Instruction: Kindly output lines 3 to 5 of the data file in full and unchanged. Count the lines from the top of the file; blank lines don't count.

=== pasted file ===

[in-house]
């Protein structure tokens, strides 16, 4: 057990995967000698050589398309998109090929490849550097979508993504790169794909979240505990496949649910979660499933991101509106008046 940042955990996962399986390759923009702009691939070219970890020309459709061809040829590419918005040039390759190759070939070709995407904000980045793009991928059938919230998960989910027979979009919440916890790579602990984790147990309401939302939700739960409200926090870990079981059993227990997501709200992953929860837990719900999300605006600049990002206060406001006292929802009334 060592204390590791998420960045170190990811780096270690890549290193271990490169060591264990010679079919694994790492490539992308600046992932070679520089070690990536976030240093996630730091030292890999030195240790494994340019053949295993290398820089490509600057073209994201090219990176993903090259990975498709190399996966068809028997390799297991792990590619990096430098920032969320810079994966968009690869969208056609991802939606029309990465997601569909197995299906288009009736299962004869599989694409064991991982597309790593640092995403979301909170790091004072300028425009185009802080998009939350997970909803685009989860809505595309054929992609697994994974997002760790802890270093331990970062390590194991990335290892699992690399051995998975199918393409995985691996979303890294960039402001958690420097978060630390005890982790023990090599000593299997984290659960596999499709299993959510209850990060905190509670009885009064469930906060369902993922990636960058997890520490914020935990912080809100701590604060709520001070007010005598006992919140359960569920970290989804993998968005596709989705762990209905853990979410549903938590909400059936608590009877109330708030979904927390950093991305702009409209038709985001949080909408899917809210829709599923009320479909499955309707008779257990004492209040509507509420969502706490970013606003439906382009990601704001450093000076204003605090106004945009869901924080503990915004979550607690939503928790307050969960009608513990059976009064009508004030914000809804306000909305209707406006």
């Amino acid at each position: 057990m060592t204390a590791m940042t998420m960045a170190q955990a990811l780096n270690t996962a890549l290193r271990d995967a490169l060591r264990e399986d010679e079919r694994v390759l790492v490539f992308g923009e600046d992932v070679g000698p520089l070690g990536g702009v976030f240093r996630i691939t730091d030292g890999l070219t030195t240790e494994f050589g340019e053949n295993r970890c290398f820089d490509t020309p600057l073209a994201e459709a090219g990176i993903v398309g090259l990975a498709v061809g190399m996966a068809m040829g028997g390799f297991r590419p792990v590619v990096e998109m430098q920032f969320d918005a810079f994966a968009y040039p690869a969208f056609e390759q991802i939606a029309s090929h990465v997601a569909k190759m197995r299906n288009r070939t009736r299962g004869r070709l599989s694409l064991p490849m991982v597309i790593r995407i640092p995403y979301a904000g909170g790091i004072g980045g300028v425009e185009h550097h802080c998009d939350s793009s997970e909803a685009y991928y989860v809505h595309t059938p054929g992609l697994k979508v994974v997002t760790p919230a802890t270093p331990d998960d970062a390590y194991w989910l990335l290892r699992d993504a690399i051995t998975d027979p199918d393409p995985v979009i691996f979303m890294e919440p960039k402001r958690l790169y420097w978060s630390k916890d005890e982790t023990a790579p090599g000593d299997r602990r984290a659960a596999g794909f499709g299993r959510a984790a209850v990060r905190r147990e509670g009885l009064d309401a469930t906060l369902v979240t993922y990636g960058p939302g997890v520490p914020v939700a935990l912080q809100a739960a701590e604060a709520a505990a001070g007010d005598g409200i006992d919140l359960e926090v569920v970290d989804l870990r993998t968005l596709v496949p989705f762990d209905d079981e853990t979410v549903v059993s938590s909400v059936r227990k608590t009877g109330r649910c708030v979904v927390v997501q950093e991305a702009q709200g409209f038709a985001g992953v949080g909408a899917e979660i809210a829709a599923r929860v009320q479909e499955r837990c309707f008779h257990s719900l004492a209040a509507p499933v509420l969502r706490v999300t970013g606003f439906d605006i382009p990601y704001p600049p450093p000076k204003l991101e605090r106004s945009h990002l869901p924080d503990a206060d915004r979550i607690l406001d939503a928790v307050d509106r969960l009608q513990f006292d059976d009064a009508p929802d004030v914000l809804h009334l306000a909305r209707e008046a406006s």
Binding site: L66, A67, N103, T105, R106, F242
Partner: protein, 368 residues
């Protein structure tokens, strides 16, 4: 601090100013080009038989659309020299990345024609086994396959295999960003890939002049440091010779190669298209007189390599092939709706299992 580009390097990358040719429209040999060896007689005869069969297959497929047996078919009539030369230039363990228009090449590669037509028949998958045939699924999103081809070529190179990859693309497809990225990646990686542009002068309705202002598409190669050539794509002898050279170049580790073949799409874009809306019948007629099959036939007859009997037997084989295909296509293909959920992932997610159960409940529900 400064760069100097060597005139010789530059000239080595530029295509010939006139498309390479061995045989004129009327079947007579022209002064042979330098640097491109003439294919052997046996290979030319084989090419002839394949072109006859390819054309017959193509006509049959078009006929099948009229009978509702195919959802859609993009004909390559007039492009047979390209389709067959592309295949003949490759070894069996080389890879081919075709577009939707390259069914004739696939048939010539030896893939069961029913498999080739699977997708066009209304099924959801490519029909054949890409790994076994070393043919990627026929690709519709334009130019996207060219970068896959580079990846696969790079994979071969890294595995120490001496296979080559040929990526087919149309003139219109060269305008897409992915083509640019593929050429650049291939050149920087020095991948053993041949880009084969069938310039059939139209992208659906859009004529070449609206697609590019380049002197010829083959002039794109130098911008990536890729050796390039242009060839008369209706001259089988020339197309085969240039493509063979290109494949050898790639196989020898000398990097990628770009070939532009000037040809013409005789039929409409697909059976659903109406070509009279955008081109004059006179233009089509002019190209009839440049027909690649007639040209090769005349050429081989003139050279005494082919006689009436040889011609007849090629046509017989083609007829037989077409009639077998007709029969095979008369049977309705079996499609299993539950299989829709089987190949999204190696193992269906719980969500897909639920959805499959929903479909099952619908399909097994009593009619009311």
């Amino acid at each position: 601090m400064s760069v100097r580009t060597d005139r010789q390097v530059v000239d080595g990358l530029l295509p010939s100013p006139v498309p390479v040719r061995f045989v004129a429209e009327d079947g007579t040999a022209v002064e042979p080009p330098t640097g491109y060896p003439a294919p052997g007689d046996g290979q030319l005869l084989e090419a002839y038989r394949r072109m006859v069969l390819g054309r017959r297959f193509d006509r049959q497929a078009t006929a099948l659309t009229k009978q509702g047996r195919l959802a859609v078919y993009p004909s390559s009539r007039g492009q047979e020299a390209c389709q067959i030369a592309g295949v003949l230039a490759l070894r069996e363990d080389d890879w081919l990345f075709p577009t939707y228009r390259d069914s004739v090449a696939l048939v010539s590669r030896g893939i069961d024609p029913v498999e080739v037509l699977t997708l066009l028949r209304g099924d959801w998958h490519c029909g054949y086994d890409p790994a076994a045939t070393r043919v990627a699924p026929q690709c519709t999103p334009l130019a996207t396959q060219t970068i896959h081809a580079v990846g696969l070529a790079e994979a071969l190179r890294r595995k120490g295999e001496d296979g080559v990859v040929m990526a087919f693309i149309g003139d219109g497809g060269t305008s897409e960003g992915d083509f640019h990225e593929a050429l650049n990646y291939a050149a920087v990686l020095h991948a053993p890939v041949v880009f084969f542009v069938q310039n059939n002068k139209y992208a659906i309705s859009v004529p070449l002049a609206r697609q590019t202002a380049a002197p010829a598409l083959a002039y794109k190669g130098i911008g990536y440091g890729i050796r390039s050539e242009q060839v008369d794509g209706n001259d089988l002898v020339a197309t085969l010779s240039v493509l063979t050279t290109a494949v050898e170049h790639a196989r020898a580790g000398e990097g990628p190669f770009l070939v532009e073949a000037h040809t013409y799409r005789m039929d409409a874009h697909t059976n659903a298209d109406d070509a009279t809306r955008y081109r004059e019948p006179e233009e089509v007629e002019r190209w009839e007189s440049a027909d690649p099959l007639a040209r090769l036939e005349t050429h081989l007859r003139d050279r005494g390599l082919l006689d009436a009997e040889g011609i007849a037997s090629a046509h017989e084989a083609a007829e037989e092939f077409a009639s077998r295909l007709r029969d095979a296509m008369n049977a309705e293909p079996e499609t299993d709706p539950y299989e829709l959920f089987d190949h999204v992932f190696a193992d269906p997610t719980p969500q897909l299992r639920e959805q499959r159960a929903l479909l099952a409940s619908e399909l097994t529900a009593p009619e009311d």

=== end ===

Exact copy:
């Amino acid at each position: 057990m060592t204390a590791m940042t998420m960045a170190q955990a990811l780096n270690t996962a890549l290193r271990d995967a490169l060591r264990e399986d010679e079919r694994v390759l790492v490539f992308g923009e600046d992932v070679g000698p520089l070690g990536g702009v976030f240093r996630i691939t730091d030292g890999l070219t030195t240790e494994f050589g340019e053949n295993r970890c290398f820089d490509t020309p600057l073209a994201e459709a090219g990176i993903v398309g090259l990975a498709v061809g190399m996966a068809m040829g028997g390799f297991r590419p792990v590619v990096e998109m430098q920032f969320d918005a810079f994966a968009y040039p690869a969208f056609e390759q991802i939606a029309s090929h990465v997601a569909k190759m197995r299906n288009r070939t009736r299962g004869r070709l599989s694409l064991p490849m991982v597309i790593r995407i640092p995403y979301a904000g909170g790091i004072g980045g300028v425009e185009h550097h802080c998009d939350s793009s997970e909803a685009y991928y989860v809505h595309t059938p054929g992609l697994k979508v994974v997002t760790p919230a802890t270093p331990d998960d970062a390590y194991w989910l990335l290892r699992d993504a690399i051995t998975d027979p199918d393409p995985v979009i691996f979303m890294e919440p960039k402001r958690l790169y420097w978060s630390k916890d005890e982790t023990a790579p090599g000593d299997r602990r984290a659960a596999g794909f499709g299993r959510a984790a209850v990060r905190r147990e509670g009885l009064d309401a469930t906060l369902v979240t993922y990636g960058p939302g997890v520490p914020v939700a935990l912080q809100a739960a701590e604060a709520a505990a001070g007010d005598g409200i006992d919140l359960e926090v569920v970290d989804l870990r993998t968005l596709v496949p989705f762990d209905d079981e853990t979410v549903v059993s938590s909400v059936r227990k608590t009877g109330r649910c708030v979904v927390v997501q950093e991305a702009q709200g409209f038709a985001g992953v949080g909408a899917e979660i809210a829709a599923r929860v009320q479909e499955r837990c309707f008779h257990s719900l004492a209040a509507p499933v509420l969502r706490v999300t970013g606003f439906d605006i382009p990601y704001p600049p450093p000076k204003l991101e605090r106004s945009h990002l869901p924080d503990a206060d915004r979550i607690l406001d939503a928790v307050d509106r969960l009608q513990f006292d059976d009064a009508p929802d004030v914000l809804h009334l306000a909305r209707e008046a406006s």
Binding site: L66, A67, N103, T105, R106, F242
Partner: protein, 368 residues